Concerns that the Fed will have to wrestle with elevated inflation for a long time slowed this week’s rally
In energy matters, the government appears enslaved by ‘first world’ norms and standards
The accused were arrested as part of a Hawks operation to nab alleged instigators who incited public violence during looting and destruction in 2021
Parent company London-listed Pearson Plc said the disposal was part of a strategic review.
Mudiwa Gavaza is joined by Larry Masson, a financial adviser and franchise principal at Consult by Momentum.
Rushdie’s condition is not immediately known
Top swimmers have a rivalry that could develop into one of SA sport’s greatestt
Hanoi — Vietnam introduced national guidelines on social media behaviour on Friday which encourage people to post positive content about the Southeast Asian country and require state employees to report “conflicting information” to their superiors.
The code prohibits posts that violate the law and “affect the interests of the state” and applies to state organisations, social media companies, and all their users in Vietnam.
“Social media users are encouraged to promote the beauty of Vietnam’s scenery, people and culture, and spread good stories about good people,” reads the code, which was contained in a decision from the information ministry and dated June 17.
It was not clear to what extent the decision was legally binding, or how it would be enforced.
Vietnam’s ruling Communist Party tolerates little criticism, retains tight control over media and has in recent years presided over an intensified crackdown on dissidents and activists, some of whom are serving lengthy jail terms for posts on Facebook and Google’s YouTube.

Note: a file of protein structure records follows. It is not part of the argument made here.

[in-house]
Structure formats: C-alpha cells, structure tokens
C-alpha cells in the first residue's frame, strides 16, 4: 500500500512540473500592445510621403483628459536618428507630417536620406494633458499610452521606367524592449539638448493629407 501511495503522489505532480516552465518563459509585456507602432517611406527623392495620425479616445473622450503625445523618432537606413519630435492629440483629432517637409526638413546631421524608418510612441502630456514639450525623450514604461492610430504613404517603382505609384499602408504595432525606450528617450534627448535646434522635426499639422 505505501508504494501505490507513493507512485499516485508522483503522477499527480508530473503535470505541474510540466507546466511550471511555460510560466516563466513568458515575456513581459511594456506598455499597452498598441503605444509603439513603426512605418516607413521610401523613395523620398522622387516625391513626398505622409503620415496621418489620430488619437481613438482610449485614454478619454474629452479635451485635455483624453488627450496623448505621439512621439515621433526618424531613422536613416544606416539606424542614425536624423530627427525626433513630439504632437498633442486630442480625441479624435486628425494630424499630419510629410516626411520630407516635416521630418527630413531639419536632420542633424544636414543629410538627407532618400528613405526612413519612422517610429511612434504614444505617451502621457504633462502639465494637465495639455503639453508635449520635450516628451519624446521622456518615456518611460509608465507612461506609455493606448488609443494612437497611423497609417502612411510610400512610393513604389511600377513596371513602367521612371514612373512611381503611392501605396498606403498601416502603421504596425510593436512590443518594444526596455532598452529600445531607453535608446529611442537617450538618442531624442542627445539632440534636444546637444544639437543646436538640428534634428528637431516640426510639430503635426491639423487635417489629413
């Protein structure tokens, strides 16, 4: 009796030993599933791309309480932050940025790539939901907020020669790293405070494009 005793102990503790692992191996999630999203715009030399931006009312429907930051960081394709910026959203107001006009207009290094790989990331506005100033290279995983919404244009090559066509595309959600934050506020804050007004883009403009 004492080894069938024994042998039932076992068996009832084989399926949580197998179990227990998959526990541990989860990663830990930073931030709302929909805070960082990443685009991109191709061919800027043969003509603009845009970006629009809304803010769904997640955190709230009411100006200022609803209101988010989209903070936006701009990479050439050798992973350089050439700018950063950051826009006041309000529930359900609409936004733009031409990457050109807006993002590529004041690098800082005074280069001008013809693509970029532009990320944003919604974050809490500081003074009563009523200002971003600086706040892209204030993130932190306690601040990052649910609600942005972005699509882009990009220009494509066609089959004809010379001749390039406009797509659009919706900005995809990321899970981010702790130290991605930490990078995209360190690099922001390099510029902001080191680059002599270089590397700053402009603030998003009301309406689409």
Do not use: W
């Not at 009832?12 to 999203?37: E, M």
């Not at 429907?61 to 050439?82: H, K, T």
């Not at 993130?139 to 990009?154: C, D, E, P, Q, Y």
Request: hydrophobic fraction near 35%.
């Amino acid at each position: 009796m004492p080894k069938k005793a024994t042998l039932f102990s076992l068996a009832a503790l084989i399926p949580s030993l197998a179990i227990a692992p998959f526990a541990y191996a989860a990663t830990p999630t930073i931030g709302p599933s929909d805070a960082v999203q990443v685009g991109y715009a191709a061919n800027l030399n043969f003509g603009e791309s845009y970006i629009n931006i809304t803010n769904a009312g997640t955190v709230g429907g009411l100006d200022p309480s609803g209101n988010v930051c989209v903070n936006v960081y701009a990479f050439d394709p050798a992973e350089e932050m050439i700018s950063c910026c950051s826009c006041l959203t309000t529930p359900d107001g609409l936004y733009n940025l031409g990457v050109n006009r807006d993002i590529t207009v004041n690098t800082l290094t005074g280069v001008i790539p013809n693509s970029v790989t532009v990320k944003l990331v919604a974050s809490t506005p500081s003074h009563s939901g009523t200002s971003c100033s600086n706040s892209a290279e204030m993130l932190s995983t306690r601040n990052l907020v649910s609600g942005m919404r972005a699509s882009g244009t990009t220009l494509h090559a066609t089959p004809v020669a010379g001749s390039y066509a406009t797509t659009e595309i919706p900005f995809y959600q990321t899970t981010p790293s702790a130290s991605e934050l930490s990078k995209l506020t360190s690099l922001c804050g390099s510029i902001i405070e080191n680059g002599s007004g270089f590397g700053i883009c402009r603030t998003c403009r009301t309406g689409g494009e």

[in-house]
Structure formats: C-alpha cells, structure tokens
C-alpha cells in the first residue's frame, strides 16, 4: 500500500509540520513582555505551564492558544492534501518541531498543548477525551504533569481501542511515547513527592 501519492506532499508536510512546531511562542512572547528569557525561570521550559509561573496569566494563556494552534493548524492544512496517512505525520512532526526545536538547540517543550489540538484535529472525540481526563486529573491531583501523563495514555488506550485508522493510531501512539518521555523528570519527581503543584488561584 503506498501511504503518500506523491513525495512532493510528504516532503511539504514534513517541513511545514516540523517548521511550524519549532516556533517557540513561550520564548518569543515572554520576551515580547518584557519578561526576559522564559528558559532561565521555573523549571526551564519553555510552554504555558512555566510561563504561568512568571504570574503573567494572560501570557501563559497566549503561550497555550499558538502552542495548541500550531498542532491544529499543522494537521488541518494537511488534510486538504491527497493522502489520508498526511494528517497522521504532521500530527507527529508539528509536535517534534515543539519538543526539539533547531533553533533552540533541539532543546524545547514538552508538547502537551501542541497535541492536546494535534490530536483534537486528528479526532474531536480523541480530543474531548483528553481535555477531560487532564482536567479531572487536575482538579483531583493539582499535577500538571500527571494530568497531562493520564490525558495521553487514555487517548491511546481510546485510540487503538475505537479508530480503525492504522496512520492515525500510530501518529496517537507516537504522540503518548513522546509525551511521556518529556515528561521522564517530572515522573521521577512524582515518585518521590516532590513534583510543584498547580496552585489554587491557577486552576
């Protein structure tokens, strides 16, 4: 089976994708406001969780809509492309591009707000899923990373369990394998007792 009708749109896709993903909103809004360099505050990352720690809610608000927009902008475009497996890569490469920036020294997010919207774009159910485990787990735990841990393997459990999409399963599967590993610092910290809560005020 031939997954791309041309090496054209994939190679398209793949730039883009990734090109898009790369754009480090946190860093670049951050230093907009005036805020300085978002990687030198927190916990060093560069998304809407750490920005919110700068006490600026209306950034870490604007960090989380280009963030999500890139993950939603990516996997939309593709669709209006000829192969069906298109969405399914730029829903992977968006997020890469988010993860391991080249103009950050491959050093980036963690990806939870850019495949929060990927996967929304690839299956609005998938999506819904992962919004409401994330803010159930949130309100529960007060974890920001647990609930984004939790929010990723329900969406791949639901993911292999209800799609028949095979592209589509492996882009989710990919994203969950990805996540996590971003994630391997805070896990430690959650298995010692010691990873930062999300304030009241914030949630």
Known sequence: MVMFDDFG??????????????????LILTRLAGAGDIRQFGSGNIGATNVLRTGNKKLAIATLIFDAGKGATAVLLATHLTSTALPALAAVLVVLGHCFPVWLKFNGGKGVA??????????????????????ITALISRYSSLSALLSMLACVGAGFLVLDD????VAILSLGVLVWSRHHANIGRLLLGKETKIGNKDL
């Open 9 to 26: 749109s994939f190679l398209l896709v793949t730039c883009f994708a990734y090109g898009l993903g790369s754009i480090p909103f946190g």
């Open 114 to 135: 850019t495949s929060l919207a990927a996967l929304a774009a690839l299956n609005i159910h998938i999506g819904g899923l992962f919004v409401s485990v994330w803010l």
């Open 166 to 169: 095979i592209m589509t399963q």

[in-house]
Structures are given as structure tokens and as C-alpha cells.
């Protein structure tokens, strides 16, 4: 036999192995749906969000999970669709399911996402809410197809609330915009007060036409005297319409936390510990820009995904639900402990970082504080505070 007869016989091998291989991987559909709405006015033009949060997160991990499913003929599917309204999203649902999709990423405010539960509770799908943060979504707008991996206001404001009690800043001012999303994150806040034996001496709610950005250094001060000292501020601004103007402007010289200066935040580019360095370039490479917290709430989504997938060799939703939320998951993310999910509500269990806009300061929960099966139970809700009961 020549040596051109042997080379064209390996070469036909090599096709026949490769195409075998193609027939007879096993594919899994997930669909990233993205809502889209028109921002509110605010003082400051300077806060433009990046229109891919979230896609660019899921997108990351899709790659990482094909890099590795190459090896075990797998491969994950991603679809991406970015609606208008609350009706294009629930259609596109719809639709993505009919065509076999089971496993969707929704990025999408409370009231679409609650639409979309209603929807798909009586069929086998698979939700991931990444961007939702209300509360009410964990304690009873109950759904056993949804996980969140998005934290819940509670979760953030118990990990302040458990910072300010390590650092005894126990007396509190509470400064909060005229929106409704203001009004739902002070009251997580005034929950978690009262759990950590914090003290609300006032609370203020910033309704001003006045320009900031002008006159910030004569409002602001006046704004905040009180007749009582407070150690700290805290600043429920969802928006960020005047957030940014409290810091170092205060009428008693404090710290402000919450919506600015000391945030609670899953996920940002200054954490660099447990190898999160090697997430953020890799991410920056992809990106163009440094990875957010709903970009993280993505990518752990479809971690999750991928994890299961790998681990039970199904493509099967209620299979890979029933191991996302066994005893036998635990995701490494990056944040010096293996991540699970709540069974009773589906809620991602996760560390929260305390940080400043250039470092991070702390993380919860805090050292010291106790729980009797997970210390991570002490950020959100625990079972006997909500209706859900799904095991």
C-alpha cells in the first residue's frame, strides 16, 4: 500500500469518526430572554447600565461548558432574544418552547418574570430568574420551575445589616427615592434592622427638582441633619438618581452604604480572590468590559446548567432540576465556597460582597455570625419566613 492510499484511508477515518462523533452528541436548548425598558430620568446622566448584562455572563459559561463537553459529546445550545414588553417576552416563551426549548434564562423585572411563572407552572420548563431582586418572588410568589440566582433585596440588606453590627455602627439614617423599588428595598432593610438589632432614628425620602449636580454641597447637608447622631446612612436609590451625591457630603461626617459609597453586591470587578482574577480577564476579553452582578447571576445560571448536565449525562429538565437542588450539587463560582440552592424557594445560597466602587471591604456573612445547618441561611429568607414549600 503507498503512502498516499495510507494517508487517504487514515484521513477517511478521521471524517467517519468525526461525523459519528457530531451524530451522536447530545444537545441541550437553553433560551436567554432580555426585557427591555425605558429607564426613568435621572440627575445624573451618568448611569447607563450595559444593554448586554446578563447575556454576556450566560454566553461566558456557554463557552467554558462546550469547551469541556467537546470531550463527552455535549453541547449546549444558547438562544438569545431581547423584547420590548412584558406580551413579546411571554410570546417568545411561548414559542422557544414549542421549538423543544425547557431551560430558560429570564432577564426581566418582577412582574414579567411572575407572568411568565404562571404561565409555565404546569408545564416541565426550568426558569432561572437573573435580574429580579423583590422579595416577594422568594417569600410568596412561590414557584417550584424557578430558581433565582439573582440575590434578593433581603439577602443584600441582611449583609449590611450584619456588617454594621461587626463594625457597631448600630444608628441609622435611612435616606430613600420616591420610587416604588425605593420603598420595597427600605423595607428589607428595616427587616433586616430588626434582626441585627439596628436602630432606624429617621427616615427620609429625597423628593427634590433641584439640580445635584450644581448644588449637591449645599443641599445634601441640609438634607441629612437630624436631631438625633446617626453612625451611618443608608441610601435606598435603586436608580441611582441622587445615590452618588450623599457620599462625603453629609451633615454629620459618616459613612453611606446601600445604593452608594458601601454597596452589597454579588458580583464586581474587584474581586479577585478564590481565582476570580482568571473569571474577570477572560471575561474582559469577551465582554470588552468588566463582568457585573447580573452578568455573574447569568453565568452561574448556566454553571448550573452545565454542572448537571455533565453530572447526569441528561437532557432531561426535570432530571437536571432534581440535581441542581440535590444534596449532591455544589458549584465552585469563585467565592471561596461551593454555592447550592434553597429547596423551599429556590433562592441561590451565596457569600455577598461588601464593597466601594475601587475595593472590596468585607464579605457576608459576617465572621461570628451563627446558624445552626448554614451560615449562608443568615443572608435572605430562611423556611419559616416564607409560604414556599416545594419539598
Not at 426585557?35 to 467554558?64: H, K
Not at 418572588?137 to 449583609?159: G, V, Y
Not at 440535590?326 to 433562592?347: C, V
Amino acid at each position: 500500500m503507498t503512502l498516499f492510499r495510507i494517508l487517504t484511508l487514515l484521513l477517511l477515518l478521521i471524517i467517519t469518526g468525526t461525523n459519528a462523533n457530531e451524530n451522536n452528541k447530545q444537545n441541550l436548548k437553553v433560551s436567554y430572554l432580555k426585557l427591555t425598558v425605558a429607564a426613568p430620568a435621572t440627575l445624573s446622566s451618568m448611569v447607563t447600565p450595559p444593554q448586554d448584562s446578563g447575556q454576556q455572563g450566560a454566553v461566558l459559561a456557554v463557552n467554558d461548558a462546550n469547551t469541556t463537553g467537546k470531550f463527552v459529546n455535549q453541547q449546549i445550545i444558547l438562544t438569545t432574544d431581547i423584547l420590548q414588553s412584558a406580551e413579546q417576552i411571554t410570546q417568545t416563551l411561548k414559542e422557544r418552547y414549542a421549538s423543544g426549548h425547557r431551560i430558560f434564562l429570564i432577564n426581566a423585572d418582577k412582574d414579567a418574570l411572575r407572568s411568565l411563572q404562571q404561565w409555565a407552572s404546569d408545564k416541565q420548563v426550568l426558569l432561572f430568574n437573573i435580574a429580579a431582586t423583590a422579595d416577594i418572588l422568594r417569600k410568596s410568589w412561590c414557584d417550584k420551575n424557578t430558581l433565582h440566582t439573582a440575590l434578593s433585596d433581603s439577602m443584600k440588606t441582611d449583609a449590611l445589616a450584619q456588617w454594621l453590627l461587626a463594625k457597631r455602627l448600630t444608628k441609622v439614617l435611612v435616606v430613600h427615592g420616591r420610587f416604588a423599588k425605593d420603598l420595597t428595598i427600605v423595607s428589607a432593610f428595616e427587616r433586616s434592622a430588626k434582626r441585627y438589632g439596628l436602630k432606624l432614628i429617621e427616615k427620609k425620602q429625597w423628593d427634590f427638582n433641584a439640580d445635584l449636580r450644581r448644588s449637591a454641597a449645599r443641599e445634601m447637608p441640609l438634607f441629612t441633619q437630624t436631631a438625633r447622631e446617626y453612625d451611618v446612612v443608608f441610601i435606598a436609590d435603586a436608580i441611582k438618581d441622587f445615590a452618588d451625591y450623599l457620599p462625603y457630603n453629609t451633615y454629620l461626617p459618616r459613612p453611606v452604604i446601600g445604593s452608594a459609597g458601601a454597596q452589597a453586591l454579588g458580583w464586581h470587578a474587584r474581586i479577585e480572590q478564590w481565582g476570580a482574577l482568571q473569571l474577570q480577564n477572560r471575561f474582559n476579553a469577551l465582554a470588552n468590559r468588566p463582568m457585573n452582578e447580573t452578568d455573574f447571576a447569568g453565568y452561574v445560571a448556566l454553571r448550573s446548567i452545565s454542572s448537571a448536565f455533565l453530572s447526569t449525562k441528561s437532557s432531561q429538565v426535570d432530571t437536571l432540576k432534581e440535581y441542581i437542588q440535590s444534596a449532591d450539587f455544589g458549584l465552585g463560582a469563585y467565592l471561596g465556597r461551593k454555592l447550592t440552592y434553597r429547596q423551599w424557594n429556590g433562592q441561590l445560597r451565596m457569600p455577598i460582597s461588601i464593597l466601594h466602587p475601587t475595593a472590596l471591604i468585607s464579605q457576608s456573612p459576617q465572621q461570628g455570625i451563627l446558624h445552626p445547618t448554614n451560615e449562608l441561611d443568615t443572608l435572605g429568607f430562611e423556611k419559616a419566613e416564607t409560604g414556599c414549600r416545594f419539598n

In November last year, Reuters exclusively reported that Vietnamese authorities had threatened to shut down Facebook if the social media giant did not bow to government pressure to censor more local political content on the platform.
Vietnam is a major market for Facebook, which serves about 60- million users in the country and generates revenue of nearly $1bn, according to sources familiar with the numbers.
The new code requires social media providers in Vietnam to “deal with users in accordance with Vietnamese law” when requested by authorities to remove content from their platforms.
It encourages social media users to create accounts using their real identities, share information from official sources, and avoid posting content which violates the law, contains bad language or advertises illegal services.
In January, Vietnamese social media users used fake weather reports and football scores as a creative means to discuss Communist Party leadership wrangling after an official ban on speculation ahead of a Party congress.
Would you like to comment on this article? Register (it's quick and free) or sign in now.
Please read our Comment Policy before commenting.
Published by Arena Holdings and distributed with the Financial Mail on the last Thursday of every month except December and January.